There are costumes and stage props of more recent productions, as the 1960s Peter Brook directed Midsummer Night's Dream, and interviews with surviving actors; I was amused to find a recording of the puppet play version of the early German version of Hamlet (hails from ye late 17th and early 19th century days when the Bard was more popular in our part of the world than at home, before Garrick helped him to a comeback). All in all, truly a satisfying anniversary exhibition to visit.
selenak: (Illyria by Kathyh)
Meeting friends is always one of the pleasures of being in London; yesterday I visited the "Sunken Treasures of Egypt" exposition at the British Museum with [personal profile] kathyh and self were amazed at various wooden statues made of Sycamore tree surviving the millennia. (They, btw, looked more Greek than Egyptian and depicted Serapis. This led us to a sidetrack to the Serapeion in Tivoli and Hadrian versus Alexander in who immortalized his grief over his dead boyfriend more efficiently. K and self agreed it was Hadrian but that Alexander would have if he could have; he died too soon after Hephaistos.)

In the evening, after a quick chat with [personal profile] kangeiko, I saw the Kenneth Branagh directed Romeo and Juliet at the Garrick. This one stars Derek Jacobi as Mercutio, Meera Syal at the Nurse and his two leads from the live action Cinderella, Lily James and Richard Madden, as the lovers, only Richard Madden was down and out and thus I saw the understudy, Freddie Fox. Not being a Jon Snow fan, I didn't mind. Mostly I was curious how Derek Jacobi as Mercutio would work, given, well, the age difference between him and the rest of the cast, and was looking foward to Meera Syal.

Now I wasn't surprised Branagh cast Jacobi per se; he's worked with him so often and clearly loves the man, in the introduction printed in the program he credits DJ with inspiring him to act as a teenager, and he's cast Jacobi as Mercutio once already, in the radio production of Romeo and Juliet he directed back in the 90s (that one had Samantha Bond as Juliet if I recall correctly). I strongly suspect the wish of letting Jacobi do the Queen Mab speech on stage might have also featured into the choice. But of course casting a man Jacobi's age in this particular role alters the dynamics; his Mercutio is basically everybody's fabulous gay uncle, with him and Romeo more resembling a non emotionally violent light side Falstaff and Hal than the bffs (with and without strong homoerotic overtones) the same age they usually end up as. Where the casting almost hits a logical snag but is pulled off by the strongness of acting is Mercutio's duel with Tybalt. Because Fabulous Gay Uncle Mercutio should be wiser than and way past minding that Romeo doesn't challenge Tybalt back, or getting into a duel at all.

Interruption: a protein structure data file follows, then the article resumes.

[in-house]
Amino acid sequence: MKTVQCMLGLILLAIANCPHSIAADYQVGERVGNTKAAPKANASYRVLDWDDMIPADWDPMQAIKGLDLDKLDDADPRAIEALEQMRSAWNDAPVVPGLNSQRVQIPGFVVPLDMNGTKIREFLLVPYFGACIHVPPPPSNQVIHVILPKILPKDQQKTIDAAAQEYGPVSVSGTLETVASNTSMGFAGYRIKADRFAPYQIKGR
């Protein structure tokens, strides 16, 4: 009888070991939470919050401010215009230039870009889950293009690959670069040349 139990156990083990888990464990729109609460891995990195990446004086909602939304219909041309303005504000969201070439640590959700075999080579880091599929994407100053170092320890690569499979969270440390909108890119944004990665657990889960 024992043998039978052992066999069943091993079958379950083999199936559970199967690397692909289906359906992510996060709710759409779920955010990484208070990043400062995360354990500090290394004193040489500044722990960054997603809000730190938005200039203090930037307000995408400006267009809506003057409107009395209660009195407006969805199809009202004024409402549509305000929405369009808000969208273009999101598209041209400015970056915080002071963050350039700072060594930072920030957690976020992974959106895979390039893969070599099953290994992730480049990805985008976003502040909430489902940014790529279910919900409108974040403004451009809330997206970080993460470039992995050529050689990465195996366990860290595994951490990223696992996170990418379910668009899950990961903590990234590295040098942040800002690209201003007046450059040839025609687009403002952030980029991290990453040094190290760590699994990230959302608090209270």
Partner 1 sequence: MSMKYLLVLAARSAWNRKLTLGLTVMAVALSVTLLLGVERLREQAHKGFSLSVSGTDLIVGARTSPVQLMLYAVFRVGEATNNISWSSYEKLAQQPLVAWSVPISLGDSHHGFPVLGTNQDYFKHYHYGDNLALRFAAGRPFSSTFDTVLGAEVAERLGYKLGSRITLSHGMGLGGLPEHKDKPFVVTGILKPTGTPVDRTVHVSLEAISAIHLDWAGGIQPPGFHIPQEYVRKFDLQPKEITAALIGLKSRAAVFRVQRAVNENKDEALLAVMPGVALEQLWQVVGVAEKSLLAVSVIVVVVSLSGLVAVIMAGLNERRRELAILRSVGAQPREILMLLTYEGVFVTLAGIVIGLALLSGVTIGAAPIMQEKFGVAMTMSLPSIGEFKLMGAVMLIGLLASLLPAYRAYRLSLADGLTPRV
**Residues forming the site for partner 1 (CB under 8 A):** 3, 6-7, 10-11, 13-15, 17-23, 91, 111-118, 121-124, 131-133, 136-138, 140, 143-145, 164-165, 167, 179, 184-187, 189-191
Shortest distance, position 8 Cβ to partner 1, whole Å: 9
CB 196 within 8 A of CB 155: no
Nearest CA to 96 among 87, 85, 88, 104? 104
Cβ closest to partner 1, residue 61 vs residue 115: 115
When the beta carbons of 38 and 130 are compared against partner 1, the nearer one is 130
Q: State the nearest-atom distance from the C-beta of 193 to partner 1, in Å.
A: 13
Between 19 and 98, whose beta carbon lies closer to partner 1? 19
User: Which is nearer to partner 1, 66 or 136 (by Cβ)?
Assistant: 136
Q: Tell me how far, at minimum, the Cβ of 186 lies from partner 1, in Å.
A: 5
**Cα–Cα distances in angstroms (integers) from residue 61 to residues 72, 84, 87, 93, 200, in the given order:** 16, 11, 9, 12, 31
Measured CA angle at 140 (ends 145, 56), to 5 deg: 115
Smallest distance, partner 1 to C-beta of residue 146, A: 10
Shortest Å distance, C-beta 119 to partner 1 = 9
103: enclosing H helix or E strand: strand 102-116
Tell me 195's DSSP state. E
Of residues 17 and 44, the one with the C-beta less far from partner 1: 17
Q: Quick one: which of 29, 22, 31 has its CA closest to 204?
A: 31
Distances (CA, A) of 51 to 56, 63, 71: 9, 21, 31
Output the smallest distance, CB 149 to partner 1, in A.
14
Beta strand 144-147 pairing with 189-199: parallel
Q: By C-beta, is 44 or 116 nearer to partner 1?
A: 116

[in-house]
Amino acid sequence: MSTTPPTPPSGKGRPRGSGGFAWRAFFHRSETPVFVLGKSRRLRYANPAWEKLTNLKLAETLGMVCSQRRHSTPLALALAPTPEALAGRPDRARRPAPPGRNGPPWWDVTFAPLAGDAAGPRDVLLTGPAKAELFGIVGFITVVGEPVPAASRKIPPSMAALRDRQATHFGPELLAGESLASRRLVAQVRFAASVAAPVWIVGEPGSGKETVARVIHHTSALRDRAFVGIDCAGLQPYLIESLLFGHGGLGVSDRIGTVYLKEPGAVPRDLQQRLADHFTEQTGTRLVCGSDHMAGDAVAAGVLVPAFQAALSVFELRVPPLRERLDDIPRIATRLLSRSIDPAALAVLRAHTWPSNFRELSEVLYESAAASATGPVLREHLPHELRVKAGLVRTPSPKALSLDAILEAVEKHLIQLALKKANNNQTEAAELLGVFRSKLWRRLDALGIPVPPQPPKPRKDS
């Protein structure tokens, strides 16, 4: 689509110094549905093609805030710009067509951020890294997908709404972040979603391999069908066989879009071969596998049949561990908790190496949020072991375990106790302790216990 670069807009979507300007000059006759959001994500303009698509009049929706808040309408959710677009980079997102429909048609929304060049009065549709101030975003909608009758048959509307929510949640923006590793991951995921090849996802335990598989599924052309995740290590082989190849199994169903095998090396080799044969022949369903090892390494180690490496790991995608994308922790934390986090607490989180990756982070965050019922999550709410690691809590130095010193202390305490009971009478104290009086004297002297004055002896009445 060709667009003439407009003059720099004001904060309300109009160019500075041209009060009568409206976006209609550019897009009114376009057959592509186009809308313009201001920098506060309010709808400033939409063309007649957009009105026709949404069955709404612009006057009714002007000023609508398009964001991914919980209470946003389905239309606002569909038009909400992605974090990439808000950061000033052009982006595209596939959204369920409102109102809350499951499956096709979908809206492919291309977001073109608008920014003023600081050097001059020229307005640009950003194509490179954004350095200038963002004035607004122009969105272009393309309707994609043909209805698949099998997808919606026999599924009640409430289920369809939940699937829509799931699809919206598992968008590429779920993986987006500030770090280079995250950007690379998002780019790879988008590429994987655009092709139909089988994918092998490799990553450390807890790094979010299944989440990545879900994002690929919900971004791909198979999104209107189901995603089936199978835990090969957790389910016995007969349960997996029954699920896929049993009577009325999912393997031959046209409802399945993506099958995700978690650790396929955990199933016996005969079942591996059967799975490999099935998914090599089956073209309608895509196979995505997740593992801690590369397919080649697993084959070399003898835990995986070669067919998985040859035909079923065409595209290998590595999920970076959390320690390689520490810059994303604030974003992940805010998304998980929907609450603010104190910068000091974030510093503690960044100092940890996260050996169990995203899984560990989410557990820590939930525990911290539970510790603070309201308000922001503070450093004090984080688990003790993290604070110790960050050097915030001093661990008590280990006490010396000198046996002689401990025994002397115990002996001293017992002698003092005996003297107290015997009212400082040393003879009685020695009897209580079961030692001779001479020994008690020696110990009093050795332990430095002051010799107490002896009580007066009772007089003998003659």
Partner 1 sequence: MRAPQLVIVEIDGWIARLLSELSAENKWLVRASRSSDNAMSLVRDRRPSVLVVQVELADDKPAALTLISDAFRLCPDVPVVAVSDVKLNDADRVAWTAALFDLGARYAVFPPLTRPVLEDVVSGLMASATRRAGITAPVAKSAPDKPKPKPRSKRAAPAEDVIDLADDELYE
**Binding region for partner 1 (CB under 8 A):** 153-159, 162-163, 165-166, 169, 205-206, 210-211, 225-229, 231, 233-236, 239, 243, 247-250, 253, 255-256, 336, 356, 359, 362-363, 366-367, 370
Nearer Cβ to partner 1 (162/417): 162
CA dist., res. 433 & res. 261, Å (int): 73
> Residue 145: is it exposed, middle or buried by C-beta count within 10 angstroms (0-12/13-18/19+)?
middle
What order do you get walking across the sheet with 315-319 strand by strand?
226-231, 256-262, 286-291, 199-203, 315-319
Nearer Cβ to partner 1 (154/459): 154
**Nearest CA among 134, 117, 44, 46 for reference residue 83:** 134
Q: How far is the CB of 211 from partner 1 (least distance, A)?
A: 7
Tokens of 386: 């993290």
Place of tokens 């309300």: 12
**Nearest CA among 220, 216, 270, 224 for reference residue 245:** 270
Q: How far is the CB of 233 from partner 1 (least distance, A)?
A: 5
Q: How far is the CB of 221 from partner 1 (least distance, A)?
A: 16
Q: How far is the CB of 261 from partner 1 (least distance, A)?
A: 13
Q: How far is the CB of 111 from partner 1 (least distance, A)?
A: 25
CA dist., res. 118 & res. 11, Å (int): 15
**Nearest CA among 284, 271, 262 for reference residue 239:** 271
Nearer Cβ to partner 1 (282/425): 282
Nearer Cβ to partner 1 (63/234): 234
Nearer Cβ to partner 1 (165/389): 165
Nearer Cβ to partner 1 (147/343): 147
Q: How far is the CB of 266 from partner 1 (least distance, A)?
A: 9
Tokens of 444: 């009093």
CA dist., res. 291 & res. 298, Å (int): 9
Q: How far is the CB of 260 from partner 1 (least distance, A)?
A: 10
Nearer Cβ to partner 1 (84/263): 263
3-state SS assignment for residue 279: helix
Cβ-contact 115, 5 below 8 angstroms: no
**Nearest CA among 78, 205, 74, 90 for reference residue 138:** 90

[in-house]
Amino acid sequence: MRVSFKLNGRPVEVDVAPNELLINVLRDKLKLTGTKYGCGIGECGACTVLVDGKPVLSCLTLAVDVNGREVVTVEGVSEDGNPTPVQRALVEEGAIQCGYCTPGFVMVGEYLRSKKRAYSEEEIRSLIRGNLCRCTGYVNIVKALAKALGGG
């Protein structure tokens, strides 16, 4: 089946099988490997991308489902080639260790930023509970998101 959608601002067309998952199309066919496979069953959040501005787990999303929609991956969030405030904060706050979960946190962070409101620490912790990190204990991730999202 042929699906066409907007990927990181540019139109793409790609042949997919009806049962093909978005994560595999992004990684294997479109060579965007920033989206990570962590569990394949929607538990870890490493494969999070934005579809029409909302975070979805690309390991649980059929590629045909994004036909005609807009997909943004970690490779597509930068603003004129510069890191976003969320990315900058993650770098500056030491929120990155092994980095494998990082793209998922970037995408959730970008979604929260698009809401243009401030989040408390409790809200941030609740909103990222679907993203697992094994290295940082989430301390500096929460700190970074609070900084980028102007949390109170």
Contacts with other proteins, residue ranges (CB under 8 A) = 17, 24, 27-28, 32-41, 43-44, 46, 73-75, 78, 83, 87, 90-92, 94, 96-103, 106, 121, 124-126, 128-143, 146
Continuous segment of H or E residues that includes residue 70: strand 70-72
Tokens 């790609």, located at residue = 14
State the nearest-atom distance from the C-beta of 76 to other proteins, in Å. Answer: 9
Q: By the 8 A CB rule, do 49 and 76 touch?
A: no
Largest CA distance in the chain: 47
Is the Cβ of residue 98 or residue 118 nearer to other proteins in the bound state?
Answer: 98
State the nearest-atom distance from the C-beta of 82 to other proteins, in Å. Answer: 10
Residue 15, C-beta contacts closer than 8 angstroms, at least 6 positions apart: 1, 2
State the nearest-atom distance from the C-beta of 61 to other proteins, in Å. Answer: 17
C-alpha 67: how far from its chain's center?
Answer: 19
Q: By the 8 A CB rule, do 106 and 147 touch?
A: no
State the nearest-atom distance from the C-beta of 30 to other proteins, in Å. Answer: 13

The way the production pulls it off: by being in the middle between the two interpretations of the Mercutio versus Tybalt duel I've seen; usually it's either that the duel isn't at first meant to be serious and both are still posturing until Romeo tries to intervene, or that they go at it violently straight away. Here, Mercutio revealing that his walking stick on which he sauntered and danced through the play so far has a hidden blade comes as a shock to everyone, including Tybalt, but it's also clear at this point Mercutio doesn't intend a duel, he just wants to humiliate Tybalt with this shock after Tybalt, in M's pov, has scored one off Romeo due to Romeo not answering the challenge. Mercutio then turns to Romeo as if to say "see, that's how it's done", and that's when Tybalt also draws, which again causes shock in the rest of both gangs. They then start to actually fence a bit, but still stylized; there's the danger of blood letting, and you can see why Romeo is worried and tries to separate them, yet at the same time, arguably both Tybalt and Mercutio are still more posturing than meaning it. Mercutio getting lethally hit is a complete accident due to Romeo's well intentioned separation attempt, not a deliberately meant deadly thrust on Tybalt's part, putting the guilt of it completely on Romeo. Mercutio actually follows stage directions and woundedly walks off stage, which I don't think I've seen before - all the productions, both stage and film, that I've encountered let him die on stage instead of Romeo having to wait for Benvolio's report to freak out and go after Tybalt.